December 23, 1906 – July 20, 1998
His playing with the curved bow. His Bach interpretation.
Tossy Spivakovsky’s article on the solo works for violin by J. S. Bach 1) from 1967 became known to me through Rudolf Gaehler’s book, The Curved Bow for the Violin – a Phantom? 2) and also by the fact that Spivakovsky used a curved bow, the VEGA BACH BOW made by the Danish violin maker Knud Vestergaard, which was originally designed for the violinist Emil Telmányi (1892 – 1988). I found it regrettable, however, that until now not a single recording of Spivakovsky performing with his curved bow was available. More or less coincidentally, I managed to contact the photographer Ruth Voorhis, the daughter of Spivakovsky, and received some photographs of his VEGA BACH BOW. She told me that a live recording of the Chaconne, played by Spivakovsky with the curved bow, had just been released 3).
Since the beginning of the nineties I was well acquainted with this VEGA BACH BOW (Fig. 1) because Rudolf Gaehler has a copy of it in his collection. A detailed documentation of this curved bow is available on the Hungarian website https://www.vonokeszites.hu/en/bows/emil-telmanyi.
It is striking to me that Spivakovky’s curved bow shows very strong traces of use, showing me the undoubtedly considerable significance this curved bow had for him. Heroic battles must have taken place in the control of this bow tool. Secondly, Spivakovsky had removed the locking mechanism intended to relieve the thumb 4), since otherwise it would have had to withstand the high pulling power of its hair during single-voice playing. This elimination of the snap-in locking function is a clear indication to me that Spivakovsky found out that such mechanisms, in order to relieve the muscles, are complicated to handle, are ultimately more of a technical barrier and therefore counterproductive. Any additional equipment that hinders the immediacy of the playing process minimizes one’s control over the sensitive haptic movements. I myself recognize in such an auxiliary mechanism an indication of a construction that was not fully developed and see myself confirmed by Spivakovsky in the fact that mechanical aids should be scrupulously examined for their expediency and have to prove themselves through experience.
This adverse physical exertion of force required by the VEGA BACH BOW is due to the fact that the lever is relatively short (Fig.2), and its position, when the bow hairs are tightened, shows an angle of about 90 degrees to the hairs. Both of these geometrical characteristics, which physically put too much strain on the violinist’s right hand, are actually insurmountable obstacles. The hollows on top of the grip provide an additional way to hold the right hand in place despite the use of extreme force. In order to reduce the problems for the right hand, however, the designer of a curved bow should seek a solution to the cause of the problem, not just its symptoms. The frog of the VEGA BACH BOW has yet another opening for the thumb, facilitating single-voice playing in the locked position of the frog. The thumb thus alternates between two positions while the bow is in use, and this presents a further complication. In addition to the unfavorable properties of the handle, the bow stick maintains a high curvature in the upper half, i. e. from the middle to the bow tip. Thus, four-part chords over the entire length of the curved bow are playable, but the center of gravity is correspondingly high, complicating single-voice playing further.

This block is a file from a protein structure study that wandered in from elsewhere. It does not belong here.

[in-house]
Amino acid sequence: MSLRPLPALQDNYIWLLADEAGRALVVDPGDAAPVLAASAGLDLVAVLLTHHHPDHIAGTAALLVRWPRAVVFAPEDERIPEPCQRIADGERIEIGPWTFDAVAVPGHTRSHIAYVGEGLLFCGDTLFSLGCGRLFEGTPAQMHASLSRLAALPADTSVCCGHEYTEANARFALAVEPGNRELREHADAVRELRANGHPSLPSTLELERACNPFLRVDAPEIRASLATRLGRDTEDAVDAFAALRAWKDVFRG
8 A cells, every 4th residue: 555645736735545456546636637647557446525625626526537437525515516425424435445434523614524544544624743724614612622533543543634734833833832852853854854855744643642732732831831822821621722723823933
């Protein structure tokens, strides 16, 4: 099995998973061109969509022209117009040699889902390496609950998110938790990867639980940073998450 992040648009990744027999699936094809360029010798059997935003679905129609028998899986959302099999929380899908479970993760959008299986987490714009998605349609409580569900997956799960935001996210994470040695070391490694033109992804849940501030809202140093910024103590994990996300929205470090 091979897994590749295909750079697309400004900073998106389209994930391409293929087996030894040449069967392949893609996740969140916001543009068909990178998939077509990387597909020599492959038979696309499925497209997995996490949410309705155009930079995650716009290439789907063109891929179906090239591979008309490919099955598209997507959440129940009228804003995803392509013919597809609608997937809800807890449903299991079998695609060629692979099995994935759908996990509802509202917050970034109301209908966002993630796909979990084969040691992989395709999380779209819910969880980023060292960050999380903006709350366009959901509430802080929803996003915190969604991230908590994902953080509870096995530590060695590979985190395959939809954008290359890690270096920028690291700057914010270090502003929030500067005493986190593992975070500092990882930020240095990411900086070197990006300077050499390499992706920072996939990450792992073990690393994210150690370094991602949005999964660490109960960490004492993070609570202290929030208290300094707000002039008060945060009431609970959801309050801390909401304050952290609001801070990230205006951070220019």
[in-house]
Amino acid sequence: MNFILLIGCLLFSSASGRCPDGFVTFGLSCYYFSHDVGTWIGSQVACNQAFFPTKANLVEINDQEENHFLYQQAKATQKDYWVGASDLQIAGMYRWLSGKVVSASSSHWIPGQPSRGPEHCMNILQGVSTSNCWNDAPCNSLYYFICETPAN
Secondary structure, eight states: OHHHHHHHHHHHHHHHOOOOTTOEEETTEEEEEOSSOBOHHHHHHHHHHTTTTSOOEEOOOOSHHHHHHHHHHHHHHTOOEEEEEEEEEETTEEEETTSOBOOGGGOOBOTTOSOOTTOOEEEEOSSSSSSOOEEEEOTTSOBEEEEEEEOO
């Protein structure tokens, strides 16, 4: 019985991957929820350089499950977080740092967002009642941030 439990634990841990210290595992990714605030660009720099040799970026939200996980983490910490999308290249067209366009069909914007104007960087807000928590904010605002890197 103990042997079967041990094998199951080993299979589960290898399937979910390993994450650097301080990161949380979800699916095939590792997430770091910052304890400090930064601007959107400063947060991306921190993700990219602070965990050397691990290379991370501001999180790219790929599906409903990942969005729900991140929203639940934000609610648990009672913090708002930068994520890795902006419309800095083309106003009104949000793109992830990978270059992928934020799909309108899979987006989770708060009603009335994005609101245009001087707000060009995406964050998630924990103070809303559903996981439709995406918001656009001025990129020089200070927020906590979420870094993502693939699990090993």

Fewer constructional disadvantages hamper the competing model of the curved bow (Fig. 3) invented by Rolph Schroeder (1900 – 1980), since the lever for tightening and relaxing the hairs is longer. According to the principle of the lever, this reduces the force but the distances covered by the thumb are bigger. But this is not a real drawback, as playing reveals. Secondly, in the tightened position the lever is folded into the handle, so the pivot of the lever absorbs a proportion (F1) of the tensile force (F) while one string is being played (Fig. 4). Unfortunately, Telmányi, to whom the curved bow by Schroeder had been demonstrated in the 1930s, was unable to buy the prototype by Schroeder. He had to rely on an independent, newly-designed construction. Spivakovsky, on the other hand, knew only Telmányi’s curved bow and had almost no choice but to operate with a similar bow. It was probably easier and faster for him to acquire a VEGA BACH BOW from Vestergaard in 1957 than to attempt to design on his own a curved bow with uncertain results.
I remember when in 1990 Rudolf Gaehler first let me listen to the recordings of the curved bow performances by Rolph Schroeder, Emil Telmányi and Otto Buechner (1924 – 2008), how fascinated I was just to hear the multi-toned sounds on the violin. However, Telmányi’s difficulties in mastering this very extremely shaped VEGA BACH BOW are clearly audible in his Bach recording from 1954. Therefore I was very excited about the re-release of the Swedish Radio’s 1969 recording of Tossy Spivakovsky’s Chaconne interpretation. Hearing it was a complete surprise, because such an audio document would make one think that Spivakovsky must have had a different curved bow model at his disposal. Almost none of the enormous technical problems this VEGA BACH BOW presents are noticeable in his performance. To take Spivakovsky’s achievement just for granted is inconceivable for me. Spivakovsky’s listeners must have literally fallen off their chairs over such a masterful performance of the Chaconne with the curved bow.
1) Tossy Spivakovsky, Polyphony in Bach’s Works for Solo Violin, published in 1967 in The Music Review, Vol. 28, No. 4
2) Rudolf Gaehler, Der Rundbogen für die Violine – ein Phantom?, Conbrio Verlag, Regensburg 1997
3) Live Broadcast, Swedish Radio, Stockholm, January 26, 1969, DOREMI DHR-8025-8